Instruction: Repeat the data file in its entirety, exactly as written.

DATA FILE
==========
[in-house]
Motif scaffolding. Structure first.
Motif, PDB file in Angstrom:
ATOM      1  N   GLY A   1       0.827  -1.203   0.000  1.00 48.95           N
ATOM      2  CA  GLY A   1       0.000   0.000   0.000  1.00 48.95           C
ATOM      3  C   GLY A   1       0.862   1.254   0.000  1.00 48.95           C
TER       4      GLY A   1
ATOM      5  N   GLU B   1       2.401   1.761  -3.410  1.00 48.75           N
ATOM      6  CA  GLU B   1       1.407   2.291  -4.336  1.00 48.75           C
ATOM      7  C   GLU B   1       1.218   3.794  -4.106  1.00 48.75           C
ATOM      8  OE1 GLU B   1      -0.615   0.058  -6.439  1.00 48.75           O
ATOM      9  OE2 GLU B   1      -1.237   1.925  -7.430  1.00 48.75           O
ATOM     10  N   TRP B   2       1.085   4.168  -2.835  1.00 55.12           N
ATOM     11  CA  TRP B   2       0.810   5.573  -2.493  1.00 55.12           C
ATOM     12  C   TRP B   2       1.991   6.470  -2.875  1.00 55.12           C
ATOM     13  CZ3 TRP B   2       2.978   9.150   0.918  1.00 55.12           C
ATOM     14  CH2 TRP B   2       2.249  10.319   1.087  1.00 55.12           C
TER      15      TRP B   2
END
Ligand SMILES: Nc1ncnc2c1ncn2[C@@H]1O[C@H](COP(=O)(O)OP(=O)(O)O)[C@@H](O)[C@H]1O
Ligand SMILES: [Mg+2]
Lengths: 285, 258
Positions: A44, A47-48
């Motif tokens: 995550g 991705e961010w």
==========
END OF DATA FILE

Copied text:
[in-house]
Motif scaffolding. Structure first.
Motif, PDB file in Angstrom:
ATOM      1  N   GLY A   1       0.827  -1.203   0.000  1.00 48.95           N
ATOM      2  CA  GLY A   1       0.000   0.000   0.000  1.00 48.95           C
ATOM      3  C   GLY A   1       0.862   1.254   0.000  1.00 48.95           C
TER       4      GLY A   1
ATOM      5  N   GLU B   1       2.401   1.761  -3.410  1.00 48.75           N
ATOM      6  CA  GLU B   1       1.407   2.291  -4.336  1.00 48.75           C
ATOM      7  C   GLU B   1       1.218   3.794  -4.106  1.00 48.75           C
ATOM      8  OE1 GLU B   1      -0.615   0.058  -6.439  1.00 48.75           O
ATOM      9  OE2 GLU B   1      -1.237   1.925  -7.430  1.00 48.75           O
ATOM     10  N   TRP B   2       1.085   4.168  -2.835  1.00 55.12           N
ATOM     11  CA  TRP B   2       0.810   5.573  -2.493  1.00 55.12           C
ATOM     12  C   TRP B   2       1.991   6.470  -2.875  1.00 55.12           C
ATOM     13  CZ3 TRP B   2       2.978   9.150   0.918  1.00 55.12           C
ATOM     14  CH2 TRP B   2       2.249  10.319   1.087  1.00 55.12           C
TER      15      TRP B   2
END
Ligand SMILES: Nc1ncnc2c1ncn2[C@@H]1O[C@H](COP(=O)(O)OP(=O)(O)O)[C@@H](O)[C@H]1O
Ligand SMILES: [Mg+2]
Lengths: 285, 258
Positions: A44, A47-48
């Motif tokens: 995550g 991705e961010w």